How the body responds to acute psychological stress can predict future health and disease outcomes, with those at both the highest and lowest ends at greatest risk, according to a new Deakin University study.
The study’s lead author Dr Anne Turner, from Deakin’s Institute for Physical Activity and Nutrition (IPAN), said her research had unearthed the importance of a just-right ‘Goldilocks’ response to psychological stress, with danger in a too exaggerated or subdued reaction.
The review – set to be published in the journal Psychoneuroendocrinology – crunched the numbers from 47 international studies into acute stress responses published over the past 25 years, evaluating data collected from more than 32,000 people.
It showed those in the top range, with the most exaggerated responses to psychological stress, were linked to an increased risk of future cardiovascular disease. While those in the bottom range, with the most subdued responses, were linked to an increased risk of future mental health issues and obesity.
“We found intermediate, or medium-sized stress responses were the most adaptive, meaning that they had the lowest risk of future adverse health and disease outcomes,” Dr Turner said.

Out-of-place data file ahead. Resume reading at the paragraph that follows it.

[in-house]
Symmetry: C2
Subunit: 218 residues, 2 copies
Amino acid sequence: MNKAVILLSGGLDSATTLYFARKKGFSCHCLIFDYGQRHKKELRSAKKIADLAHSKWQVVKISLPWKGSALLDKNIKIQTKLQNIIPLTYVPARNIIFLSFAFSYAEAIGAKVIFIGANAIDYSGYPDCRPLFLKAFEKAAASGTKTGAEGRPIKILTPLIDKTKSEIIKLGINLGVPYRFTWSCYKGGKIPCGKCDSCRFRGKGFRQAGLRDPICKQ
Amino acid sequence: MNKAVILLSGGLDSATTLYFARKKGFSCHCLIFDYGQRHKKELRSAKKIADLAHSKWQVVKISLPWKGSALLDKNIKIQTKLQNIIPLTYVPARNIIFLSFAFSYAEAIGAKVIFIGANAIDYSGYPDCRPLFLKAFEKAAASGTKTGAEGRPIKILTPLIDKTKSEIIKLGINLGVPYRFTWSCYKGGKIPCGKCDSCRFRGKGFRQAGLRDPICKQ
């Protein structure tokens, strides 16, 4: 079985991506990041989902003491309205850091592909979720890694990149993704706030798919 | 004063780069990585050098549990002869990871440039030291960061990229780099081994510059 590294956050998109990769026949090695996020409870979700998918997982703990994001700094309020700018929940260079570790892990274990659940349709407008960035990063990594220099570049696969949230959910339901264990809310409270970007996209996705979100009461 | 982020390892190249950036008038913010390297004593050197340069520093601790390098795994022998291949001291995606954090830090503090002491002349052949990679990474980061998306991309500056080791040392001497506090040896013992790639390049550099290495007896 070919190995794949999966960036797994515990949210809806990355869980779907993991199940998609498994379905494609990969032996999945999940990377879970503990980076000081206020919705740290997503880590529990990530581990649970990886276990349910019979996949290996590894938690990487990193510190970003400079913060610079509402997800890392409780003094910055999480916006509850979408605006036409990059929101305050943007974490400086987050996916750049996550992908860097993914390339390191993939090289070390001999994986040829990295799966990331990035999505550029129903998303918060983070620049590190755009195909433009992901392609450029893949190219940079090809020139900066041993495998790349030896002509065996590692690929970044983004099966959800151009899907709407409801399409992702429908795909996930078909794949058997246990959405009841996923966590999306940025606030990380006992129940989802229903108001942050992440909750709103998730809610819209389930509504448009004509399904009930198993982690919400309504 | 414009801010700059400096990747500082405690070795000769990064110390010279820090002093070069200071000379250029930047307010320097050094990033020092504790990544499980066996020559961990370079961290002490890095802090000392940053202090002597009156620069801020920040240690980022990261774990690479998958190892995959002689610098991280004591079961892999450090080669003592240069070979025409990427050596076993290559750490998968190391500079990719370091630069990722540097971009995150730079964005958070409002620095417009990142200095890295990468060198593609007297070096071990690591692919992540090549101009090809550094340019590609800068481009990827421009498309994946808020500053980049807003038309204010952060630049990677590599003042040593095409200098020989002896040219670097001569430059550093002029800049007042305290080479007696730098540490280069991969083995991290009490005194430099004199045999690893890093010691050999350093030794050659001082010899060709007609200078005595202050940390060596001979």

“This is the first research to bring together a variety of stress responses in the one review, examining both nervous system responses – indicated by heart rate and blood pressure – and endocrine system responses – indicated by levels of the stress hormone cortisol.
“Activation of both systems is integral to our response to physical stress in order to prepare the body to deal with the threat encountered and return the body to a steady state once the threat has passed.
“Unlike physical stressors, psychological stressors don’t require that physical fight or flight response that kicks in, but our body still reacts in a similar way, which can take a physiological toll.”
Dr Turner said evaluating the health effects of psychological stress was increasingly important in a busy, modern world.
“Unfortunately, modern life and stress seem to go hand in hand. The average person is facing a number of psychological stressors, as they juggle work, family, and other pressures,” she said.
Dr Turner said further research must now turn to exploring what made people an ‘exaggerated’ or ‘subdued’ responder to stress, allowing for better predictions of who is at risk of particular health issues and how that could be mitigated.
“Some potential drivers we’re looking at include physical activity levels, fat carried around the waist, early life adversity, and genetic makeup,” she said.
“I’m interested in investigating if our stress responses are set in stone or can be modified. Potential lifestyle interventions that could be helpful in managing stress responses include maintaining a healthy diet, being physically active, getting enough sleep, maintaining strong social connections and looking after our mental health through things like mindfulness and even exposure to green spaces.”